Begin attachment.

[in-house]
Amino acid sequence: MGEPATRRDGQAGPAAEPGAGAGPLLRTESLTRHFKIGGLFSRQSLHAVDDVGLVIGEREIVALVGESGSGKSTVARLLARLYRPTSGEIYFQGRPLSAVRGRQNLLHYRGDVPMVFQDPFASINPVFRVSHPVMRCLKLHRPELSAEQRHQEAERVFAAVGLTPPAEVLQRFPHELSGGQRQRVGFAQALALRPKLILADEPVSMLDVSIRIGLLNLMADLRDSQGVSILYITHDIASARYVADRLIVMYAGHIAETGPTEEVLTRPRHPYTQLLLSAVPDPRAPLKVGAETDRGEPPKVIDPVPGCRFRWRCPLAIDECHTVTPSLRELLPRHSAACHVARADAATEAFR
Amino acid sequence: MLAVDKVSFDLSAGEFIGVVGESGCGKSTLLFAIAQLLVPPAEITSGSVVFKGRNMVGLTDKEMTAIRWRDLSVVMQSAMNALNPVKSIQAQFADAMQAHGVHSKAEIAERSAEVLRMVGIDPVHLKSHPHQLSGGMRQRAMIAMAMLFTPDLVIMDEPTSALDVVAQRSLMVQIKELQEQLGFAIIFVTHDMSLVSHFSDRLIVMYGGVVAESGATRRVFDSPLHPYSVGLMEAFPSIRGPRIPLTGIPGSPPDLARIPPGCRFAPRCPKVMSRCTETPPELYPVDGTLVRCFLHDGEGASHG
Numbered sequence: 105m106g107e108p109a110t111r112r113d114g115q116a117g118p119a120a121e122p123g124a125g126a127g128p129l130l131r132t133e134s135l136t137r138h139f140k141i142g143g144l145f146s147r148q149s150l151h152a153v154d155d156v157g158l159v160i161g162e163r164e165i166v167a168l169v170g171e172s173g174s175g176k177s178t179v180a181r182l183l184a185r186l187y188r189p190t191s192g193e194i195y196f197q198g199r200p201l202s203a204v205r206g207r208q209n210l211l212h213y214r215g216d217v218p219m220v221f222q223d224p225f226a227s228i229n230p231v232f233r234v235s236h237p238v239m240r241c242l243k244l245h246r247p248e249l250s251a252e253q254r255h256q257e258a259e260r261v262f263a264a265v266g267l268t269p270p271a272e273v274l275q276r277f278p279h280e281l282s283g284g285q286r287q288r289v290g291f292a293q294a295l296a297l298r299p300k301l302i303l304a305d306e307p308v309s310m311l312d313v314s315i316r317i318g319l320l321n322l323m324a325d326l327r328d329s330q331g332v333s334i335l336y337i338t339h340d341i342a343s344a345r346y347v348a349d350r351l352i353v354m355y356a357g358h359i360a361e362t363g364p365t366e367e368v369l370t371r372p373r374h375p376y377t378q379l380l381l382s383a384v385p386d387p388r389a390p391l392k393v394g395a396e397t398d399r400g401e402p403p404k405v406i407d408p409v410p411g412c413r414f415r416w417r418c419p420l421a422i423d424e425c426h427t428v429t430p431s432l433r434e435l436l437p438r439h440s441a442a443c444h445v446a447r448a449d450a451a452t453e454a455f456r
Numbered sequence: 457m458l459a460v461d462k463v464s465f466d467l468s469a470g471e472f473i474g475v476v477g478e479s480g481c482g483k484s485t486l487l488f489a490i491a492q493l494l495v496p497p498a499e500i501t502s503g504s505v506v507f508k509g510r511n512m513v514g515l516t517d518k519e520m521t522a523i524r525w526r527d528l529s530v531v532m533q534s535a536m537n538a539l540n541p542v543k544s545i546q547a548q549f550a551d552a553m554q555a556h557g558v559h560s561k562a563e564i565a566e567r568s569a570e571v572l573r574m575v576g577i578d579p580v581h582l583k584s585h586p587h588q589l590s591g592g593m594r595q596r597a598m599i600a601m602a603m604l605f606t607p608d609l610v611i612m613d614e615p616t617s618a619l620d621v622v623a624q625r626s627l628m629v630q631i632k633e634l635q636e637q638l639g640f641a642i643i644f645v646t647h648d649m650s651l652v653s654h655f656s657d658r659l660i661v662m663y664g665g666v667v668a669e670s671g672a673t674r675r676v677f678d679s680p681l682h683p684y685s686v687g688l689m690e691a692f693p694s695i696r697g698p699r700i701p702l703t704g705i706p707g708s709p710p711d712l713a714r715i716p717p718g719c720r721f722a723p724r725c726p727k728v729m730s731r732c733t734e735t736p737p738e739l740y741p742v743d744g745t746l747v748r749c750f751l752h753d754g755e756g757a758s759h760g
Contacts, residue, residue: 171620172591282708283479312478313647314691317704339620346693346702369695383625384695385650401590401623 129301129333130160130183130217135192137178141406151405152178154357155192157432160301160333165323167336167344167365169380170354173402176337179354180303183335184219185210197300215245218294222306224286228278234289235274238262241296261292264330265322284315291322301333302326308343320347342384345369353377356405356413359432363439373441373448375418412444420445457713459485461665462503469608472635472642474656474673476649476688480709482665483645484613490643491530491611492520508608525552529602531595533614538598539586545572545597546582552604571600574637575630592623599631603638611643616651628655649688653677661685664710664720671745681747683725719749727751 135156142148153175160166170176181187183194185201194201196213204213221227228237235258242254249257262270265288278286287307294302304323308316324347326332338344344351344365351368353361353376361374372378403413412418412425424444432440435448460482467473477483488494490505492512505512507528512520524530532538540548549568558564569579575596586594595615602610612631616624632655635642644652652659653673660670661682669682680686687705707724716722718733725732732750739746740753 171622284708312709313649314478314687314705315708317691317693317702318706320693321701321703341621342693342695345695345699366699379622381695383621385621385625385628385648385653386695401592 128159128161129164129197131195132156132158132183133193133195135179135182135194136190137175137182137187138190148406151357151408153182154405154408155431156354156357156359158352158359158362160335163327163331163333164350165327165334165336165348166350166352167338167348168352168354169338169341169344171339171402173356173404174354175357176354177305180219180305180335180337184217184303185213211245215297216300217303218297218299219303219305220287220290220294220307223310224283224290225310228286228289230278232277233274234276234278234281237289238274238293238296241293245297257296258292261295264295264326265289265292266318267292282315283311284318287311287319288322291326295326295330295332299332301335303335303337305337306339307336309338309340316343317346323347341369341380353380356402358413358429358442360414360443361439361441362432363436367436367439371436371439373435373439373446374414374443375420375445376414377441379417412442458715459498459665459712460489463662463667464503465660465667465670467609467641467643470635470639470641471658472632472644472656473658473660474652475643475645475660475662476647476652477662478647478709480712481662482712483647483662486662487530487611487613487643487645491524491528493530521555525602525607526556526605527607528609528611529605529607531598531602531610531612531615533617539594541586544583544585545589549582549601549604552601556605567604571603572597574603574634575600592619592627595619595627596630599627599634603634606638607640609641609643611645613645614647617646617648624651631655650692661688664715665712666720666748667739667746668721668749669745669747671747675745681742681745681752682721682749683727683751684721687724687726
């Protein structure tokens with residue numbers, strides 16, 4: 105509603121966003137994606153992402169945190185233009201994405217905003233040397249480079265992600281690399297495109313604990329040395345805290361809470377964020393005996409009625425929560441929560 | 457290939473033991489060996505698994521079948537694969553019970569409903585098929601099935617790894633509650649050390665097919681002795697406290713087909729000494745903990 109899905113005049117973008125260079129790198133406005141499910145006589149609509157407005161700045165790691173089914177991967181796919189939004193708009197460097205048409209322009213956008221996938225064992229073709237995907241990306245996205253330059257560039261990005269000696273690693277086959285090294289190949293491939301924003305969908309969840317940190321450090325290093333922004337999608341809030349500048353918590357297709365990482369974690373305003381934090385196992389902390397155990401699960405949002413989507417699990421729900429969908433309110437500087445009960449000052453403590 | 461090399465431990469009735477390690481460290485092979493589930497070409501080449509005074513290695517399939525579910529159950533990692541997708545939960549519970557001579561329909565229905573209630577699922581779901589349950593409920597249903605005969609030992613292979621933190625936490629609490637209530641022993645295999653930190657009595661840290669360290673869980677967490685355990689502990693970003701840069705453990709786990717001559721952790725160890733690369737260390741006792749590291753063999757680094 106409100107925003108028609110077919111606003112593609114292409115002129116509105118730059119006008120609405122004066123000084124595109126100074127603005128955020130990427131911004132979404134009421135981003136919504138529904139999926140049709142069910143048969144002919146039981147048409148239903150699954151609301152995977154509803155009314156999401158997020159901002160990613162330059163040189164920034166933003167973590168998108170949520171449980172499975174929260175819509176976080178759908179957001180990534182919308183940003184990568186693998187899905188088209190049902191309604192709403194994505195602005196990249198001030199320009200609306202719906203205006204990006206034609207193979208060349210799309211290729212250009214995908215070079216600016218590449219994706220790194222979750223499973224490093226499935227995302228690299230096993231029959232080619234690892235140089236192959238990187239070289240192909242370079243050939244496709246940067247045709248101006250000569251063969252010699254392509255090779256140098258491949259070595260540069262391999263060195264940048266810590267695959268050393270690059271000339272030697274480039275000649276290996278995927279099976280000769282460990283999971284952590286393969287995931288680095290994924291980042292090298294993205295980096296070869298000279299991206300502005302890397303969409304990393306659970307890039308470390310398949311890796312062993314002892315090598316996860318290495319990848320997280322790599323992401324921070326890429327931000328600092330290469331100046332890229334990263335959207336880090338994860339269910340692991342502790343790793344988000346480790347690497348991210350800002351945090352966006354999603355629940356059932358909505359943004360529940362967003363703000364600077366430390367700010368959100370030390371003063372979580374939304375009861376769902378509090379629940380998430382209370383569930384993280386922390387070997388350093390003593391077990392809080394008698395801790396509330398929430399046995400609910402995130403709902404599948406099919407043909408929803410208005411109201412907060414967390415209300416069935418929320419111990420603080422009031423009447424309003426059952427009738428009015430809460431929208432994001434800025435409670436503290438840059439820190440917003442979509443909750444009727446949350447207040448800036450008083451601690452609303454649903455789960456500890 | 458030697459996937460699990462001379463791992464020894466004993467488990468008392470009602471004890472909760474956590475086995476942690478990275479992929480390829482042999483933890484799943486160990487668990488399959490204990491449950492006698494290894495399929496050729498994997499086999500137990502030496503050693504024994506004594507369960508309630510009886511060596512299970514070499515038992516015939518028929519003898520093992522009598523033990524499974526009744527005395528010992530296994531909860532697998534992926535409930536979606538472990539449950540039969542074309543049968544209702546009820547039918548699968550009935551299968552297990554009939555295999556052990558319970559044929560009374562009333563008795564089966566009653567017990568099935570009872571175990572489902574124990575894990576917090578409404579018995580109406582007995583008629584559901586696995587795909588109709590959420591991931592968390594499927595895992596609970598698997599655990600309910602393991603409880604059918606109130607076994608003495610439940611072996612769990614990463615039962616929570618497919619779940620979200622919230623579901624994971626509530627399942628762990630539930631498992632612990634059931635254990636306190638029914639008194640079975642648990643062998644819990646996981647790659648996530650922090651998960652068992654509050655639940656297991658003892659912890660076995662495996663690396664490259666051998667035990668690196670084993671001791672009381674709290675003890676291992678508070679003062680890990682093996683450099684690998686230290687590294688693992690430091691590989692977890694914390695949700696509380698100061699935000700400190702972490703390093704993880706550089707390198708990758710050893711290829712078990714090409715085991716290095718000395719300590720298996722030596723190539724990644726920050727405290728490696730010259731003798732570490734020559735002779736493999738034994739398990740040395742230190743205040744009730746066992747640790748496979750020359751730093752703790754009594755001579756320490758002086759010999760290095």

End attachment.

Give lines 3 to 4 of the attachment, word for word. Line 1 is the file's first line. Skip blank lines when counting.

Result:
Amino acid sequence: MLAVDKVSFDLSAGEFIGVVGESGCGKSTLLFAIAQLLVPPAEITSGSVVFKGRNMVGLTDKEMTAIRWRDLSVVMQSAMNALNPVKSIQAQFADAMQAHGVHSKAEIAERSAEVLRMVGIDPVHLKSHPHQLSGGMRQRAMIAMAMLFTPDLVIMDEPTSALDVVAQRSLMVQIKELQEQLGFAIIFVTHDMSLVSHFSDRLIVMYGGVVAESGATRRVFDSPLHPYSVGLMEAFPSIRGPRIPLTGIPGSPPDLARIPPGCRFAPRCPKVMSRCTETPPELYPVDGTLVRCFLHDGEGASHG
Numbered sequence: 105m106g107e108p109a110t111r112r113d114g115q116a117g118p119a120a121e122p123g124a125g126a127g128p129l130l131r132t133e134s135l136t137r138h139f140k141i142g143g144l145f146s147r148q149s150l151h152a153v154d155d156v157g158l159v160i161g162e163r164e165i166v167a168l169v170g171e172s173g174s175g176k177s178t179v180a181r182l183l184a185r186l187y188r189p190t191s192g193e194i195y196f197q198g199r200p201l202s203a204v205r206g207r208q209n210l211l212h213y214r215g216d217v218p219m220v221f222q223d224p225f226a227s228i229n230p231v232f233r234v235s236h237p238v239m240r241c242l243k244l245h246r247p248e249l250s251a252e253q254r255h256q257e258a259e260r261v262f263a264a265v266g267l268t269p270p271a272e273v274l275q276r277f278p279h280e281l282s283g284g285q286r287q288r289v290g291f292a293q294a295l296a297l298r299p300k301l302i303l304a305d306e307p308v309s310m311l312d313v314s315i316r317i318g319l320l321n322l323m324a325d326l327r328d329s330q331g332v333s334i335l336y337i338t339h340d341i342a343s344a345r346y347v348a349d350r351l352i353v354m355y356a357g358h359i360a361e362t363g364p365t366e367e368v369l370t371r372p373r374h375p376y377t378q379l380l381l382s383a384v385p386d387p388r389a390p391l392k393v394g395a396e397t398d399r400g401e402p403p404k405v406i407d408p409v410p411g412c413r414f415r416w417r418c419p420l421a422i423d424e425c426h427t428v429t430p431s432l433r434e435l436l437p438r439h440s441a442a443c444h445v446a447r448a449d450a451a452t453e454a455f456r